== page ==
HAMPTON, Ga., Aug. 21, 1998 -- Davey Hamilton once more is in the thick of the points race for the Pep Boys Indy Racing League championship. This time, he knows he must add one ingredient to secure the title that eluded him by a...
HAMPTON, Ga., Aug. 21, 1998 -- Davey Hamilton once more is in the thick of the points race for the Pep Boys Indy Racing League championship.
This time, he knows he must add one ingredient to secure the title that eluded him by a mere six points last year.
"Right now we're fourth, and we know we have to win a race to win the championship," said Hamilton, 36, as the Pep Boys Indy Racing League comes to Atlanta Motor Speedway for the inaugural Atlanta 500 Classic presented by MCI on Saturday night, Aug. 29.
"The way the point structure is right now it pays so much more to win a race than second on back, meaning we have to win," he said. "If we win one race it'll put us in contention to win this championship."
The winner of the Atlanta race will receive 50 points, with second getting 40 and third 35. A 10th-place finish, for instance, is rewarded with only 20 points. Additionally, the pole winner picks up three points, while second- and third-fastest qualifiers get two and one, respectively. The driver leading the most laps collects another two points.
Heading into what should be an extremely fast and competitive race at Atlanta, Hamilton holds fourth with 219 points. He trails leader Scott Sharp by just 14 points. In between are Kenny Brack at 232 and defending series champion Tony Stewart at 227.
Even fifth-place Scott Goodyear with 194 points and sixth-place Buddy Lazier at 186 are less than a victory behind.
"The top five guys, I think you could throw a blanket over all of us," said Hamilton, an Idaho native. "So it'll be interesting."
Hamilton knows about "interesting." He came to the season finale at Las Vegas last year trailing Stewart by 10 points. He held the pole through much of qualifying, but then lost the two points (a different scoring system) when he was knocked out of the position by his A.J. Foyt Racing teammate, Billy Boat. Then in the race Hamilton battled to seventh place, but Stewart managed to bring his ill-handling car home 11th and picked up just enough points to clinch the championship.
Under this year's scoring system, Stewart still would have taken the title, but by just three points.
"Last year, it was so close it still hurts," Hamilton said.
This season, the three drivers in front of him all have won two races apiece. Hamilton's best finish is third in the season-opening Indy 200 at Orlando, Fla. On the other hand, he has had only one finish out of the top seven -- a 26th at Phoenix.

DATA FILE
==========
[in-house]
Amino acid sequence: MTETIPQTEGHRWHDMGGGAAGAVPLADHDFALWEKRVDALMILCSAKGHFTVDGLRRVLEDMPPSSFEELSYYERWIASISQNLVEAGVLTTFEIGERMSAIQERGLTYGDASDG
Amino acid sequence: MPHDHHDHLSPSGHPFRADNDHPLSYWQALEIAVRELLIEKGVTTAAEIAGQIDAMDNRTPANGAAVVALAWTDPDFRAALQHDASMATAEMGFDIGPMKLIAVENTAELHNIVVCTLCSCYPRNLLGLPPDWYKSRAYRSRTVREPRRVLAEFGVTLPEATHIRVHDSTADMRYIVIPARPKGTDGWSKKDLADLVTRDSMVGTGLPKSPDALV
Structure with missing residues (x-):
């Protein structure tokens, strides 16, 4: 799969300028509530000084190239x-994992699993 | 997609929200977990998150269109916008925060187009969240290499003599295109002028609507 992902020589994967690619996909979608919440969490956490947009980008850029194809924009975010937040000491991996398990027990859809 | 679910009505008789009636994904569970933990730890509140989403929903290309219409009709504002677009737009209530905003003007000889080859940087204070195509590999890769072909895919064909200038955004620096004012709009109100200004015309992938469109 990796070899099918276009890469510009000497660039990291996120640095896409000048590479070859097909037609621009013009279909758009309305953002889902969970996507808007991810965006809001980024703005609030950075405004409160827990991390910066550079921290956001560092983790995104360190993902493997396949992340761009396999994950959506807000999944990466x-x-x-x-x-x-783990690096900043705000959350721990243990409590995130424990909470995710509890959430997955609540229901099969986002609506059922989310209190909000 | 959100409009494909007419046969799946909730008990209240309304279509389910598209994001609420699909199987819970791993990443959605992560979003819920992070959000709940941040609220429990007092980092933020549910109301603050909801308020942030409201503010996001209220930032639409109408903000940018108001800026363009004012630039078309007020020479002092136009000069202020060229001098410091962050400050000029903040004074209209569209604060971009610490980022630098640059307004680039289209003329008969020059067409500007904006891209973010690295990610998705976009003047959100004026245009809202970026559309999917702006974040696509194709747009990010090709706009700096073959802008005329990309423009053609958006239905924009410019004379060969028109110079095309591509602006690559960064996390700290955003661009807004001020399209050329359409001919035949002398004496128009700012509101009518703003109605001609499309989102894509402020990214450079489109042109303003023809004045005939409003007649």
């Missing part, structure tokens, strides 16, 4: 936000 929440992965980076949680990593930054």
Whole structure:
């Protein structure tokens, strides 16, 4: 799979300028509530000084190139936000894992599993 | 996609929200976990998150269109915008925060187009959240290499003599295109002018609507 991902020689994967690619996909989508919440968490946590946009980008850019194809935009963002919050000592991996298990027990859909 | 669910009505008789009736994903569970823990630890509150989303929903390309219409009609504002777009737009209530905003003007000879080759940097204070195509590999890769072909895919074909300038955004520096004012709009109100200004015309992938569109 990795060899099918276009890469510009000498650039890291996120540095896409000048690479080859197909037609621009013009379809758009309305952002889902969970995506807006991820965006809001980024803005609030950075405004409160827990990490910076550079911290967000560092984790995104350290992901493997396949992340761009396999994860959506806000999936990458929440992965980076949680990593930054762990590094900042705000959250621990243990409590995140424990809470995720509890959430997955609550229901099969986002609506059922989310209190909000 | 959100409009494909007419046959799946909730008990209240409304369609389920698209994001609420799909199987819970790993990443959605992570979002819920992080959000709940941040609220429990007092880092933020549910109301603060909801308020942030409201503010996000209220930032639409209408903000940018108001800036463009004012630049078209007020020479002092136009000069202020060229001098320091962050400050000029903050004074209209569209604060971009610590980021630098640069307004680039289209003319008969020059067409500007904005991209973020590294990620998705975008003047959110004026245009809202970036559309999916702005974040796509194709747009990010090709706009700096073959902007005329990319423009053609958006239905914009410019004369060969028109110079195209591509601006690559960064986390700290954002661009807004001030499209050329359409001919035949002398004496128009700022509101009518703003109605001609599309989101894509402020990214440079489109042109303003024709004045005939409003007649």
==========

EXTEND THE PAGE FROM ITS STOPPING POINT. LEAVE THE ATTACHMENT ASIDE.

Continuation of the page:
He placed fifth in the most recent race, the Radisson 200 on Aug. 16 at Pikes Peak International Raceway. He led 38 of the 200 laps.
In the last six races he has had finishes of 4-7-4-4-7-5.
"You just keep wondering what it's going to take to win that (first) race," said Hamilton, a veteran of USAC open-wheel racing.
"I know I want it very, very bad, this team wants it, the sponsors, the owner, the whole program. We hope it's just around the corner. A different thing beats us each time. It's just not easy, so when I get that win it's going to be a dream for me, really."
Hamilton drove two seasons for Foyt, the legendary four-time winner of the Indy 500. But A.J. released him at the end of last year. Hamilton then signed with the Nienhouse Motorsports team. Chicago-based owner Bob Nienhouse bought Rick Galles Racing, then appointed the former owner as general manager. Rick's son, Jamie, is team manager, and the team still operates out of Albuquerque, N.M.
Hamilton is driving a G Force and Dallara chassis, powered by Aurora engines and on Goodyear tires. Reebok became the team's primary sponsor starting at the Indianapolis 500 this year.
"They both have a lot of experience," Hamilton said about comparing Foyt and Rick Galles.
"I think the biggest difference is that A.J. is the engineer, the owner, everything over there. Over here, we have guys who do their jobs in their fantastic ways. They both work well. A.J., he's a great guy and he taught me a lot. I appreciate that. I'm just fortunate to come to another very good team."
Hamilton, who along with Stewart and two-time Indy 500 winner Arie Luyendyk has started all 21 IRL races, comes to Atlanta with the disadvantage of not testing. Still, he feels that he has driven enough on the 1.5-mile tracks at Charlotte and Texas to feel comfortable. He's looking forward to racing at AMS but knows it will be another flat-out chase to the checkered flag.
But the gas-mashing racing on the 1.5-mile tracks places too much emphasis on the crew, Hamilton said. They must make the car handle for the full distance.
"When you get to the mile tracks, I think it brings more of the driver into it," he said. "And Indianapolis really brings the driver into it."
Racing under the lights is one thing he enjoys.
"I'm a Friday-night racer, so it's just another night at the races," he said.
ATLANTA 500 CLASSIC PRESENTED BY MCI NOTEBOOK
Atlanta 500 Classic schedule: The inaugural Atlanta 500 Classic presented by MCI starts at 9 p.m. Aug. 29. Pep Boys IRL drivers will race 208 laps on the 1.54-mile quad-oval.
Georgia Power Pole Night qualifying for the PPG Pole starts at 6:30 p.m. Aug. 28. Practice sessions are scheduled for 4 p.m. and 8:45 p.m. Aug. 27, 3:45 p.m. Aug. 28 and 4:30 p.m. Aug. 29. *** Broadcast schedule: The Atlanta 500 Classic presented by MCI will be televised live on TNN at 9 p.m. (EDT) Aug. 29. Georgia Power Pole Night qualifying for the PPG Pole will be televised live on SpeedVision at 6 p.m. (EDT) Aug. 28.
The IMS Radio Network will broadcast the race live at 9 p.m. (EDT) Aug. 29, with a prerace show starting at 8:30 p.m.